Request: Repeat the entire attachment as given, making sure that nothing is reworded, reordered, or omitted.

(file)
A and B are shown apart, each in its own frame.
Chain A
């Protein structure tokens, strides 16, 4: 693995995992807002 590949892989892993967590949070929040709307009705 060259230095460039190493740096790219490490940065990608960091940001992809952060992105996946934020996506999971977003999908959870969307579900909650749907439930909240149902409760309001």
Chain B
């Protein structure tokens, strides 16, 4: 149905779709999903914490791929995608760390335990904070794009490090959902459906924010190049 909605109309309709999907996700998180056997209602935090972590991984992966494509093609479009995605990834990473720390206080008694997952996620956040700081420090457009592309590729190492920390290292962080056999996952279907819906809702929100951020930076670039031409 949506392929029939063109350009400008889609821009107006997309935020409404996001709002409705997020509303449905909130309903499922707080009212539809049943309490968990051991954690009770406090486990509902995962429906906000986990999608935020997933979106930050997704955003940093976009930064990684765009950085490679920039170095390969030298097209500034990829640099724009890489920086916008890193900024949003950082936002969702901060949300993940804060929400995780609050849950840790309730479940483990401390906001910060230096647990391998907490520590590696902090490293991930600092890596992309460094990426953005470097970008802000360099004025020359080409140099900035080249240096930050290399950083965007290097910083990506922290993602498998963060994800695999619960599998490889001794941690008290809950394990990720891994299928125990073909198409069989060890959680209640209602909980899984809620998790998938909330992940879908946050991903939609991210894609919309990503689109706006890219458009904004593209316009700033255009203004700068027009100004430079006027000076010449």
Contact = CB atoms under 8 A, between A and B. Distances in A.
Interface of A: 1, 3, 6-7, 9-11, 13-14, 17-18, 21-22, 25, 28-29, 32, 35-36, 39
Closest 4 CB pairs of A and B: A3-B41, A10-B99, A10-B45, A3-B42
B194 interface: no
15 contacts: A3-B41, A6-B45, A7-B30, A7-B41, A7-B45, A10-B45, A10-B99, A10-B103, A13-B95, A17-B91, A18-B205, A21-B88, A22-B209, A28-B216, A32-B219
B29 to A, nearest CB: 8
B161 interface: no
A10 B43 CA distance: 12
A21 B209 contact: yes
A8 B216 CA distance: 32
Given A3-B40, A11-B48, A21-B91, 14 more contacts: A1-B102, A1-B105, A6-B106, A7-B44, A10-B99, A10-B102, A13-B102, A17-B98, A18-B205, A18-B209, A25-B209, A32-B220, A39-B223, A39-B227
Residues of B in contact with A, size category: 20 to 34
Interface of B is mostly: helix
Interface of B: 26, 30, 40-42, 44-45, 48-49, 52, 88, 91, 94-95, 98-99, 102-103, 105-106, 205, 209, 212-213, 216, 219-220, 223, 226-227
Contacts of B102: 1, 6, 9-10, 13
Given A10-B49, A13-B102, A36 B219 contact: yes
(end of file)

A and B are shown apart, each in its own frame.
Chain A
């Protein structure tokens, strides 16, 4: 693995995992807002 590949892989892993967590949070929040709307009705 060259230095460039190493740096790219490490940065990608960091940001992809952060992105996946934020996506999971977003999908959870969307579900909650749907439930909240149902409760309001």
Chain B
């Protein structure tokens, strides 16, 4: 149905779709999903914490791929995608760390335990904070794009490090959902459906924010190049 909605109309309709999907996700998180056997209602935090972590991984992966494509093609479009995605990834990473720390206080008694997952996620956040700081420090457009592309590729190492920390290292962080056999996952279907819906809702929100951020930076670039031409 949506392929029939063109350009400008889609821009107006997309935020409404996001709002409705997020509303449905909130309903499922707080009212539809049943309490968990051991954690009770406090486990509902995962429906906000986990999608935020997933979106930050997704955003940093976009930064990684765009950085490679920039170095390969030298097209500034990829640099724009890489920086916008890193900024949003950082936002969702901060949300993940804060929400995780609050849950840790309730479940483990401390906001910060230096647990391998907490520590590696902090490293991930600092890596992309460094990426953005470097970008802000360099004025020359080409140099900035080249240096930050290399950083965007290097910083990506922290993602498998963060994800695999619960599998490889001794941690008290809950394990990720891994299928125990073909198409069989060890959680209640209602909980899984809620998790998938909330992940879908946050991903939609991210894609919309990503689109706006890219458009904004593209316009700033255009203004700068027009100004430079006027000076010449």
Contact = CB atoms under 8 A, between A and B. Distances in A.
Interface of A: 1, 3, 6-7, 9-11, 13-14, 17-18, 21-22, 25, 28-29, 32, 35-36, 39
Closest 4 CB pairs of A and B: A3-B41, A10-B99, A10-B45, A3-B42
B194 interface: no
15 contacts: A3-B41, A6-B45, A7-B30, A7-B41, A7-B45, A10-B45, A10-B99, A10-B103, A13-B95, A17-B91, A18-B205, A21-B88, A22-B209, A28-B216, A32-B219
B29 to A, nearest CB: 8
B161 interface: no
A10 B43 CA distance: 12
A21 B209 contact: yes
A8 B216 CA distance: 32
Given A3-B40, A11-B48, A21-B91, 14 more contacts: A1-B102, A1-B105, A6-B106, A7-B44, A10-B99, A10-B102, A13-B102, A17-B98, A18-B205, A18-B209, A25-B209, A32-B220, A39-B223, A39-B227
Residues of B in contact with A, size category: 20 to 34
Interface of B is mostly: helix
Interface of B: 26, 30, 40-42, 44-45, 48-49, 52, 88, 91, 94-95, 98-99, 102-103, 105-106, 205, 209, 212-213, 216, 219-220, 223, 226-227
Contacts of B102: 1, 6, 9-10, 13
Given A10-B49, A13-B102, A36 B219 contact: yes